*terra incognita – Latin, meaning an unknown land’
Work in pairs. You are going to read an article about a form of renewable energy. Before you read, look at the title and the subheading and answer these questions.
- What do you think the article will be about?
- What problems do you think there might be with producing electricity in this way?
Now read the article quite quickly to find three problems with producing electricity in the Sahara.
Practice text 2
Russia’s boreal forests and wild grasses could combat climate change
A. Scientists believe Russia’s ancient forests are the country’s best natural weapon against climate change, even though the stockpile of carbon beneath the ground also makes these areas vulnerable to carbon release. A recent study found that half the world’s carbon is stored within land in the permafrost region, about two-thirds of which lies in Russia. Overlying former glaciers, they are a coniferous mix called the boreal forest. ‘There’s a lot of carbon there and it’s very vulnerable.’ says Josep Canadell, co-author of the study. ‘If the permafrost thaws, we could be releasing ten percent more carbon a year for several centuries more than our previous models predicted. It’s going to cost a lot to reduce our emissions by that much – but it will cost more in damage if we don’t.’
B. The study was published in Glob3l Biogeochemical Cycles. Researchers found that the region contains 1,672 billion tons of organic carbon, much of it several feet underground, that ‘would account for approximately 50 percent of the estimated global below-ground organic carbon’. Another paper published in Nature found that old forests, which make up perhaps half of the boreal forest, ‘continue to accumulate carbon, contrary to the long-standing view that they are carbon-neutral’. Even though fires and insect infestations destroy entire swaths of forest and release into the atmosphere the carbon they contain, old-growth forests still take in more than these natural disturbances release, says lead author Sebastiaan Luyssaert, a biologist at the University of Antwerp in Belgium. ‘This is all the more reason to protect Russia’s boreal forests,’ which take in 500 million tons of carbon a year, or about one-fifth of the carbon absorbed by the world’s landmass. says Mr Canadell, who is executive director of the Global Carbon Project, based in Canberra.
C. Jing Ming Chen, a University of Toronto geography professor who specialises in climate modelling for the boreal region, says: ‘Cutting boreal trees increases the amount of carbon in the atmosphere and it takes 50 to 100 years to put that carbon back in the ground.’ Luysaaert and Chen argue there’s a strong case for conserving the old-growth forests. ‘It’s better to keep as much carbon in the forest as possible right now.’ Mr Luyssaert explains. ‘If we want to avoid irreversible processes like melting permafrost or changing ocean currents, we absolutely have to control our emissions in the next two or three decades. It’s a case where you need to be short-sighted to be far-sighted.’ ‘The threats to the boreal forests don’t seem significant right now.’ explains Nigel Roulet, a carbon cycle specialist at McGill University in Montreal, ‘but I’m convinced pressure will increase as the region gets warmer and it gets easier to operate there. Also, I expect these resources to become more valuable as others are exhausted.’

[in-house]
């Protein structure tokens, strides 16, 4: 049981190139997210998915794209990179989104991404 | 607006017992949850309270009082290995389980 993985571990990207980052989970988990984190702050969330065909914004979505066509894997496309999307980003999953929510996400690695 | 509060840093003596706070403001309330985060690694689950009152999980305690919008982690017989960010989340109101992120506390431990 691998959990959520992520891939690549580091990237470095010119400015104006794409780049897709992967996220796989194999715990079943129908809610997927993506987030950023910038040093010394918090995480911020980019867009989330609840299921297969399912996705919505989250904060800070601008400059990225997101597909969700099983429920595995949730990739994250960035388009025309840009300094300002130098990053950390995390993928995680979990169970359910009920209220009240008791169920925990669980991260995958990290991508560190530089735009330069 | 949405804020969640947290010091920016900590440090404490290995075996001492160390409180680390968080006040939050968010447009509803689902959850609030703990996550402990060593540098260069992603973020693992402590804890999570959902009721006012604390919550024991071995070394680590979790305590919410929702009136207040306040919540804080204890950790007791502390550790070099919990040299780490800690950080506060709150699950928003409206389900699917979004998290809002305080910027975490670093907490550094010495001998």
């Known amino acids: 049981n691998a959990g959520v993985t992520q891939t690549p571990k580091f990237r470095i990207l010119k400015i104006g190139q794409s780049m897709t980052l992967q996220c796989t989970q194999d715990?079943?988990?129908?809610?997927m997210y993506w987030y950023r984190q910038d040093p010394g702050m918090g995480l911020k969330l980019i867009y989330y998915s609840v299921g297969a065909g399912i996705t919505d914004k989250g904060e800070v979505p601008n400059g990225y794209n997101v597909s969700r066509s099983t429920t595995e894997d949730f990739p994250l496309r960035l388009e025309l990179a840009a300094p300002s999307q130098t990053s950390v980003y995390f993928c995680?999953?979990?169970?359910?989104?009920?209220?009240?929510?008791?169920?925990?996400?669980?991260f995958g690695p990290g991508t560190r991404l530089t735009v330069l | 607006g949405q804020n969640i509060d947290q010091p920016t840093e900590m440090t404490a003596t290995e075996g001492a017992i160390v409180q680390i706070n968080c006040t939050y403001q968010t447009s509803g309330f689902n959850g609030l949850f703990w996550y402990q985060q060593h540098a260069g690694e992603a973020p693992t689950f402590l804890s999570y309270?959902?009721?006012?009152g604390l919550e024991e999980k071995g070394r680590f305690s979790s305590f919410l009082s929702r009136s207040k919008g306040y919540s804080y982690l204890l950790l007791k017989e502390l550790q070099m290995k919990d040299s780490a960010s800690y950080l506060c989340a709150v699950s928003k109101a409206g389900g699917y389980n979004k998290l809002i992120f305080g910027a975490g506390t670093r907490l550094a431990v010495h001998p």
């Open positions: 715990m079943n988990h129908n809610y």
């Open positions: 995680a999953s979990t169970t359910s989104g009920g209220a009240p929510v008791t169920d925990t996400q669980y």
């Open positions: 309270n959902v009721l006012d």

D. Scientists say Russia and Kazakhstan could make a unique contribution to the fight against global warming by harvesting wild grasses that have overgrown 100,000 square miles of agricultural lands abandoned in the nineties, and using them to make ethanol – or, better yet, burn them in coal-fuelled power plants. According to Nicolas Vuichard. principal author of a paper published in Environmental Science and Technology of Washington. DC, using the grasses to make ethanol would sequester in the ground, over 60 years, about 10 million tons of carbon a year – one-quarter as dead root matter in the soil and the rest in producing ethanol as a substitute for petroleum-based fuels. ‘That’s not huge on a world scale, but it’s substantial.’ he says. Fossil fuels emit about eight billion tons of carbon a year, of which about two billion tons are absorbed by plants and soil.
E. Renton Righelato, visiting research fellow at the University of Reading and former chairman of the World Land Trust, agrees. ‘Given that it would take the world’s entire supply of arable land to replace just two-thirds of our transport fuel needs,’ he says, ‘biofuels are not a practicable long-term solution for transportation emissions. What we need is carbon- free fuel. But in the case of abandoned croplands, using grasses as biofuels could make a contribution/ he adds. Study co-author Adam Wolf, of the Carnegie Institution for Science at Stanford University, cites a study by Elliott Campbell in Science magazine that showed that burning grasses in a coal-fuelled plant doubles the savings in carbon emissions compared to using the same grasses to make ethanol. ‘If biofuels are going to reduce emissions, using abandoned croplands to make electricity and offset coal use is our best bet/ he says. ‘Both of these countries have coal- fuelled power plants, so the process could start soon/ Thus, Russia and Kazakhstan are now in a position to become leaders in green energy, and could use the grasses to export clean electricity in addition to oil and gas, according to Mr. Wolf.
Reading Section 2
Read the text carefully and answer Questions 1-13.